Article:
Psychoanalysis in China

Editor : David E. Scharff, Editor : Sverre Varvin

Psychoanalysis in China

Book Details

Reviews and Endorsements

‘It is a challenge to describe how remarkable this book is. In the first place it provides a near comprehensive and inclusive review of psychoanalysis in contemporary China. Although many authors focus on particular issues, the sum of individual interests comprises a fascinating collective voice that reflects modern China. Unlike so many works by oriental and occidental writers interested in psychoanalysis, this new work does not promote an occidental agenda. The editors are to be congratulated for their remarkable skill in facilitating chapters that integrate oriental and occidental thinking. In that respect, this is a book that should become required reading for psychoanalysts in the East and the West for generations to come.’
— Christopher Bollas, author of China on the Mind and Catch Them Before They Fall: The Psychoanalysis of Breakdown

‘This fascinating book presents the most complete, enlightening, and up-to-date contribution on the new bridge between psychoanalysis and contemporary Chinese culture. Highly qualified and actively involved specialists, from both western countries and China, explore the complexity and richness of this growing, exciting exchange, which is now possible thanks to the significant shift in Chinese attitudes towards subjectivity. Whilst reading these pages, it is easy to deduce that this will not be a simple one-way intercultural process: we can envisage for the future a mutual cross-fertilisation between the most revolutionary western discoveries about the human mind and the immense, millenary depth of Chinese tradition and philosophy.’
— Stefano Bolognini, President, International Psychoanalytical Association

‘This book thoroughly demonstrates the latest developments of psychoanalysis in China. All of the foreign and Chinese contributors to the book are psychoanalysts and psychotherapists actively involved in the training, learning, and practising of psychoanalysis in China. They share and demonstrate their enthusiasm, experience, and thinking from various perspectives; the most commendable part of the book is the cultural perspective, and the contributions of psychoanalysis concerning the nature of human beings, mental health, and psychotherapy are formidable. However, with thousands of years of civilisation, the complexity of Chinese culture has a lot of special features. The practice of psychoanalysis in China presents a great collision between western and eastern cultures, and the experience and thinking of the authors offer important starting points for the development of useful theory, methods, and techniques for the development of mental health within the context of Chinese culture. Perhaps it will be most valuable in promoting the penetration of psychoanalysis into China, but China will also contribute new power to psychoanalysis around the world. This book is especially important because it witnesses this mutual process.’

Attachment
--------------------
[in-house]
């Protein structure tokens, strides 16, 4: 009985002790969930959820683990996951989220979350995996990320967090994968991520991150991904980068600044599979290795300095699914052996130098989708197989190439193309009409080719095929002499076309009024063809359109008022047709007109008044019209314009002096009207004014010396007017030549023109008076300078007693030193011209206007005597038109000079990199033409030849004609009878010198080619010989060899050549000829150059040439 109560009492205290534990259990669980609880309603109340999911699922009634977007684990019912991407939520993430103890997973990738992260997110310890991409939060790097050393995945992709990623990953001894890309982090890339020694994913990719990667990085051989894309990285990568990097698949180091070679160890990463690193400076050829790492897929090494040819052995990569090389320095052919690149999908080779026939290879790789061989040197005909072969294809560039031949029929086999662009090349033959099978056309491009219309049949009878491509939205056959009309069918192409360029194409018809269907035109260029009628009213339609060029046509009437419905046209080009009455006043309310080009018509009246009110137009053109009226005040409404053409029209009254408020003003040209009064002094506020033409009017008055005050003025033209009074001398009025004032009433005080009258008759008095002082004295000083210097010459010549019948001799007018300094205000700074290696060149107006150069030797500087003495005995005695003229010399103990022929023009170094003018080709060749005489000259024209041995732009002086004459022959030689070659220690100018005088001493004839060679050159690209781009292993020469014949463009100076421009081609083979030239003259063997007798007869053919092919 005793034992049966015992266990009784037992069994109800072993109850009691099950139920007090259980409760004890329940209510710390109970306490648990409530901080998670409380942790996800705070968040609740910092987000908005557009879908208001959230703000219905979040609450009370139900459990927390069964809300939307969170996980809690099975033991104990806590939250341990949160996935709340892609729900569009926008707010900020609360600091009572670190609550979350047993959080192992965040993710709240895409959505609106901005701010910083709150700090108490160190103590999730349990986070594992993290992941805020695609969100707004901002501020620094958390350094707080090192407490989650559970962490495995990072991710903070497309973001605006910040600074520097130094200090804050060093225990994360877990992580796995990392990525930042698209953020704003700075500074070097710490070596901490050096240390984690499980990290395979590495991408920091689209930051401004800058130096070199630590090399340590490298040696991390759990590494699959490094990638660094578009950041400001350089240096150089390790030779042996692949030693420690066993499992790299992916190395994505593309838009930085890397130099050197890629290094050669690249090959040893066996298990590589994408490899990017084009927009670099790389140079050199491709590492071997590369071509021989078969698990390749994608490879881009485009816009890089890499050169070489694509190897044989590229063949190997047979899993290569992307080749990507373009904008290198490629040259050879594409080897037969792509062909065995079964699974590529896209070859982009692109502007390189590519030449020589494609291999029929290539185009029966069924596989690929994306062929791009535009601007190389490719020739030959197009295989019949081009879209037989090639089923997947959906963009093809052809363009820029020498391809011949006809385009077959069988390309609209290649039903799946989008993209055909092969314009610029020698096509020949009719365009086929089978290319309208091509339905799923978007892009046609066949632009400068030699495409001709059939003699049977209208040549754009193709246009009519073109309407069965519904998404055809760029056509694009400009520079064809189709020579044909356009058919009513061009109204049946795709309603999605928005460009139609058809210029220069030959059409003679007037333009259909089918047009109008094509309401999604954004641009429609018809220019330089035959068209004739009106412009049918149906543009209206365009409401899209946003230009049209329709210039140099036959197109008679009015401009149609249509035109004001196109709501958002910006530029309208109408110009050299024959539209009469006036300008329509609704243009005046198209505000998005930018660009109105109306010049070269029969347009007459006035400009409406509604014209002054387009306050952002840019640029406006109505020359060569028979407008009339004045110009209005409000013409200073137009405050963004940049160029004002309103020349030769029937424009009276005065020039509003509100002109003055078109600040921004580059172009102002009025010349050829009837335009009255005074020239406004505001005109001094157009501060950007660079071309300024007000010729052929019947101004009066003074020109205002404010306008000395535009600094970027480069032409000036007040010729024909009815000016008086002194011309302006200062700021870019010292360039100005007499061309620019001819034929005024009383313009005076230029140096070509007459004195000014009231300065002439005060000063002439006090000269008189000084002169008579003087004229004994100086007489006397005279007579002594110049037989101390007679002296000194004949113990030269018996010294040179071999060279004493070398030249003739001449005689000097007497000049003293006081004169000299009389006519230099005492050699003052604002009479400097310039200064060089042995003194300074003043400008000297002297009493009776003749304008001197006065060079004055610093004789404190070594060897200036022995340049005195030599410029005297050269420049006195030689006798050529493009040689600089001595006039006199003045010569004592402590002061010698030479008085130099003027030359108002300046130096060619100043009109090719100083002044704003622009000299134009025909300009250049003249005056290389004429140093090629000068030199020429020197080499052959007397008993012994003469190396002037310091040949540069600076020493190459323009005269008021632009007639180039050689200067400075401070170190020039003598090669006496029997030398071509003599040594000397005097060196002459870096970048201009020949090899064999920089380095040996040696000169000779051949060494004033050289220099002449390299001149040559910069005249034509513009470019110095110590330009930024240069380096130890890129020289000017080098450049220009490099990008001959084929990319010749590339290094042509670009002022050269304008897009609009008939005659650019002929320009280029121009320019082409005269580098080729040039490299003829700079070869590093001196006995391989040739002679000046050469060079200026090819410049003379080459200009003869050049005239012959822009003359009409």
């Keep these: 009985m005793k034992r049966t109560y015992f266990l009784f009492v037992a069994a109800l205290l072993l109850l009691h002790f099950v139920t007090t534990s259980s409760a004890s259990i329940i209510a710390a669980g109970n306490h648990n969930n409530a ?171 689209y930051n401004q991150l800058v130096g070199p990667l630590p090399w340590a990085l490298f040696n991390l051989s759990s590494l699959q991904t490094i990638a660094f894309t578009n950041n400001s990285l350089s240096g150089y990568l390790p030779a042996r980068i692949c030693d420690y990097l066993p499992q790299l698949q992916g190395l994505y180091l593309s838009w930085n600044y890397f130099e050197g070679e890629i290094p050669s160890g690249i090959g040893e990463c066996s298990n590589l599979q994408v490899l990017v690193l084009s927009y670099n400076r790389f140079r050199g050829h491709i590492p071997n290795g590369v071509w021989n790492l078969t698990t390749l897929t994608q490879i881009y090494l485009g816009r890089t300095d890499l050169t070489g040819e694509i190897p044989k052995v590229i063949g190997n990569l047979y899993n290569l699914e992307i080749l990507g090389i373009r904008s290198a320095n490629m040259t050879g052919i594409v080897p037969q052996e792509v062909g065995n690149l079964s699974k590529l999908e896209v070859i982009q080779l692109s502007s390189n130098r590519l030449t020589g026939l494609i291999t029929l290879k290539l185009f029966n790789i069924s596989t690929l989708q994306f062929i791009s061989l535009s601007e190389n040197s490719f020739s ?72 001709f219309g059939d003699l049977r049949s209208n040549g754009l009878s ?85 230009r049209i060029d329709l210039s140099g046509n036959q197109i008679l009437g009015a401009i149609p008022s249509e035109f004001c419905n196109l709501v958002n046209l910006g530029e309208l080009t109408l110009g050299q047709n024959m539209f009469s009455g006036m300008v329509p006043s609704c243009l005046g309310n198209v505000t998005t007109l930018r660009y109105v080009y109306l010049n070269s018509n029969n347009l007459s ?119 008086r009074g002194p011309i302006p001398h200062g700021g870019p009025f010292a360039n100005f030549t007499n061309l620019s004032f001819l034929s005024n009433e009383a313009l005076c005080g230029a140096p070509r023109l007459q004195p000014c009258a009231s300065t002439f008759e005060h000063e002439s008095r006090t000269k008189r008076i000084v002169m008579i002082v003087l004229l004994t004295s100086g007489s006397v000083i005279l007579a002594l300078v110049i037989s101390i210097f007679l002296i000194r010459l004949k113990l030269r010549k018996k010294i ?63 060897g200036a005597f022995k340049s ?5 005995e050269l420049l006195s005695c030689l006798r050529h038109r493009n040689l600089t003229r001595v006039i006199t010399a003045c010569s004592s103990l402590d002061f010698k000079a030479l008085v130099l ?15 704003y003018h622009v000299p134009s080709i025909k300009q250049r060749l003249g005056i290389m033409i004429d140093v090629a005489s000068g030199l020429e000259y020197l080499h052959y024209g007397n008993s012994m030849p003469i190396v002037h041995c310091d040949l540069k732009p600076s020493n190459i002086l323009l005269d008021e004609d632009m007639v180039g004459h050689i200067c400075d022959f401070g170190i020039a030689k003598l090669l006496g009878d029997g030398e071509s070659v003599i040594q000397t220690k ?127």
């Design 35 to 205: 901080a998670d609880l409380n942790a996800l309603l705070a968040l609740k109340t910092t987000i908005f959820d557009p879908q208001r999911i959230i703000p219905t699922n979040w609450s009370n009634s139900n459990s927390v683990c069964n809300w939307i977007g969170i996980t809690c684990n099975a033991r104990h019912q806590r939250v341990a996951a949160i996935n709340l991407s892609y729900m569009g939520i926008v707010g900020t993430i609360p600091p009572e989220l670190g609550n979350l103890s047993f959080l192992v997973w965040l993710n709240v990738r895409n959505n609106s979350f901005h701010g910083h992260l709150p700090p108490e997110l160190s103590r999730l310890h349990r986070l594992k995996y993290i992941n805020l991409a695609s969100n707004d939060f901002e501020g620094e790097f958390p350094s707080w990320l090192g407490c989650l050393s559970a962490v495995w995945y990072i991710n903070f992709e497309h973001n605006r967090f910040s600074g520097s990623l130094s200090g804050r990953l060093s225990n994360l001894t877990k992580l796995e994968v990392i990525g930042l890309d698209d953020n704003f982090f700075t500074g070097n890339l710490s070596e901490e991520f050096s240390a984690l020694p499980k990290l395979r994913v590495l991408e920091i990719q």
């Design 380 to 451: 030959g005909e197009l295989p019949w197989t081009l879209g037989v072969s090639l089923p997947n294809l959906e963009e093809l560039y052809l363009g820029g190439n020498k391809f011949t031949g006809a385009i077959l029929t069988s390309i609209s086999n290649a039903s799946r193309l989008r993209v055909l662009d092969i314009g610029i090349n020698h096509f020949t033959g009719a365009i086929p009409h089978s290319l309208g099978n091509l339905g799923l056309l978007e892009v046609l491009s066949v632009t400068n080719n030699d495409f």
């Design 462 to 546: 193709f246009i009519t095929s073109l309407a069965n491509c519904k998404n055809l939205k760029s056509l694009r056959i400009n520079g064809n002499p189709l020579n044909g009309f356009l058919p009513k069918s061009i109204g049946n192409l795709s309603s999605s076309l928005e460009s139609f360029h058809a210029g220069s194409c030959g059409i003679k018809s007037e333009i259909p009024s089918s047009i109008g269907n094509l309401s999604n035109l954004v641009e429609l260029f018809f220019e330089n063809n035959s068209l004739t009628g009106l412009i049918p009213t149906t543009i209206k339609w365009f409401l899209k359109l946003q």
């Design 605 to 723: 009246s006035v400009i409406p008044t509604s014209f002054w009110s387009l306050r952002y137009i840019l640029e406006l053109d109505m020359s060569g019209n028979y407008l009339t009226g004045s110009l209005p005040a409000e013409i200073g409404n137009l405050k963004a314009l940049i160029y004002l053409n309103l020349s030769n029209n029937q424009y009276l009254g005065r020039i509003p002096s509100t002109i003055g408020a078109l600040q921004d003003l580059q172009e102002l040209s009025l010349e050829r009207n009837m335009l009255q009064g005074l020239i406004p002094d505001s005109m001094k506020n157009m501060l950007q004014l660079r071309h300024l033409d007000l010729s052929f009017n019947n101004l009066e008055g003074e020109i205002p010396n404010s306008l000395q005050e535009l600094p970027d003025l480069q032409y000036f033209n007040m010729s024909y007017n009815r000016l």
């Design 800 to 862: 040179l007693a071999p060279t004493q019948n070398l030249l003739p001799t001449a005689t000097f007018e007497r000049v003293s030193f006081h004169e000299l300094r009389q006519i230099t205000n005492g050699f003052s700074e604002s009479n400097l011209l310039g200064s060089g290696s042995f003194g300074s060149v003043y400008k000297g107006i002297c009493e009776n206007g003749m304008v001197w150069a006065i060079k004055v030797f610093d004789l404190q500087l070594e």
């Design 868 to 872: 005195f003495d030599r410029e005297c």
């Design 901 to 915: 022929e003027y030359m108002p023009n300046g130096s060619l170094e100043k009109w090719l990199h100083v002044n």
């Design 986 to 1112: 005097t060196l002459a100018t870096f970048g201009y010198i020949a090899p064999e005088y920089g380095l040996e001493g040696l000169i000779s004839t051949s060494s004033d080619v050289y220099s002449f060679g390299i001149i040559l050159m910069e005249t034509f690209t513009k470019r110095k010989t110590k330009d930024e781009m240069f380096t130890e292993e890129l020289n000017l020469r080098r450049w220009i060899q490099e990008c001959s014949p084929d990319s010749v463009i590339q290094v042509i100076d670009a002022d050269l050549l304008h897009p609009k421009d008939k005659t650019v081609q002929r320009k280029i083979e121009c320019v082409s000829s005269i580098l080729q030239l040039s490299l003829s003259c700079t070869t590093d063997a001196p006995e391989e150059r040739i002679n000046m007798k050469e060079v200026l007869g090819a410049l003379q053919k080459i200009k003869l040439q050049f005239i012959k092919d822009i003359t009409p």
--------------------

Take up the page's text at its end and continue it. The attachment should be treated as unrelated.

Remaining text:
— Jia Xiaoming, Professor, School of Humanities and Social Sciences, Beijing Institute of Technology, and Vice-Director, Psychoanalytic Committee of the China Association for Mental Health

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